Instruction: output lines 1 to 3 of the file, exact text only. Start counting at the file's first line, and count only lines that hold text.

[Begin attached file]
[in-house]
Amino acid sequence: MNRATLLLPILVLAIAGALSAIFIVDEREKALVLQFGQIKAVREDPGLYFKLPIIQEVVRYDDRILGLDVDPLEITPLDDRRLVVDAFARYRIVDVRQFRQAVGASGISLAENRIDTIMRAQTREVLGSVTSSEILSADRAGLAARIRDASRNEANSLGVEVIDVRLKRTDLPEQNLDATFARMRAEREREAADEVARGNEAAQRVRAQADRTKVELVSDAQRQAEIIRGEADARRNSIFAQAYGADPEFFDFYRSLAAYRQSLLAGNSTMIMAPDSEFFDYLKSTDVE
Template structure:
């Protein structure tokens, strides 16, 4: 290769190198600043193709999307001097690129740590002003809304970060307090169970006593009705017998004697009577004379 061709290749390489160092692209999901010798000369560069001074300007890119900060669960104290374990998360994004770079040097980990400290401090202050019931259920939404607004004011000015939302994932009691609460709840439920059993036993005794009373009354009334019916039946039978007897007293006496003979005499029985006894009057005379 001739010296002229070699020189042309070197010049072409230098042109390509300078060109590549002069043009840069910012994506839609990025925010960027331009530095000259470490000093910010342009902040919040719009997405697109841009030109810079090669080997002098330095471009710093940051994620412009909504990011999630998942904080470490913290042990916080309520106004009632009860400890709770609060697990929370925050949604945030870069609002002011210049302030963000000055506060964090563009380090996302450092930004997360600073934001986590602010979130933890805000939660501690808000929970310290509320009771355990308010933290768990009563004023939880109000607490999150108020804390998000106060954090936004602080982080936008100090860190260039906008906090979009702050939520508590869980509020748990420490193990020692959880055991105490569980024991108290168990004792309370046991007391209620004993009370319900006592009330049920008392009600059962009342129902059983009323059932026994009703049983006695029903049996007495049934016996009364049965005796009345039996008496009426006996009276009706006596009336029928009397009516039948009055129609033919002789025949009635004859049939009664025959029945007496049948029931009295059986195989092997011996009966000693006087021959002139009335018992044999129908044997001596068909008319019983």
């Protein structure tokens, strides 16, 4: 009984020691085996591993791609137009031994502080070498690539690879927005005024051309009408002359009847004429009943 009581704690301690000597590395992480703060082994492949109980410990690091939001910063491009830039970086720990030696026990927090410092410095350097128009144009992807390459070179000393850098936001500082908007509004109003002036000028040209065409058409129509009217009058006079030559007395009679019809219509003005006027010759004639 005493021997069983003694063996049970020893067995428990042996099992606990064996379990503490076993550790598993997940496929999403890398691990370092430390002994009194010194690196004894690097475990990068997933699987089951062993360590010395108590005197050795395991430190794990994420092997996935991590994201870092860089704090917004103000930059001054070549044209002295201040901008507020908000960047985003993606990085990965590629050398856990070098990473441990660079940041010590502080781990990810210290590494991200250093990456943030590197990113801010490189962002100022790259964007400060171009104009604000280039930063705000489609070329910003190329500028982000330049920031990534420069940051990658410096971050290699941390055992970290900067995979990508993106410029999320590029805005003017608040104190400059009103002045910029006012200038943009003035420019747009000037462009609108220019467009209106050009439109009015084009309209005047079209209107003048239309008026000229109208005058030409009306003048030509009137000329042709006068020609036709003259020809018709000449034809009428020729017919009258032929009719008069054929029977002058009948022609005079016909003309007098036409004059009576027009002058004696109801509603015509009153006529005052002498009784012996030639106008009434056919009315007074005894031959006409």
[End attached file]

[in-house]
Amino acid sequence: MNRATLLLPILVLAIAGALSAIFIVDEREKALVLQFGQIKAVREDPGLYFKLPIIQEVVRYDDRILGLDVDPLEITPLDDRRLVVDAFARYRIVDVRQFRQAVGASGISLAENRIDTIMRAQTREVLGSVTSSEILSADRAGLAARIRDASRNEANSLGVEVIDVRLKRTDLPEQNLDATFARMRAEREREAADEVARGNEAAQRVRAQADRTKVELVSDAQRQAEIIRGEADARRNSIFAQAYGADPEFFDFYRSLAAYRQSLLAGNSTMIMAPDSEFFDYLKSTDVE
Template structure: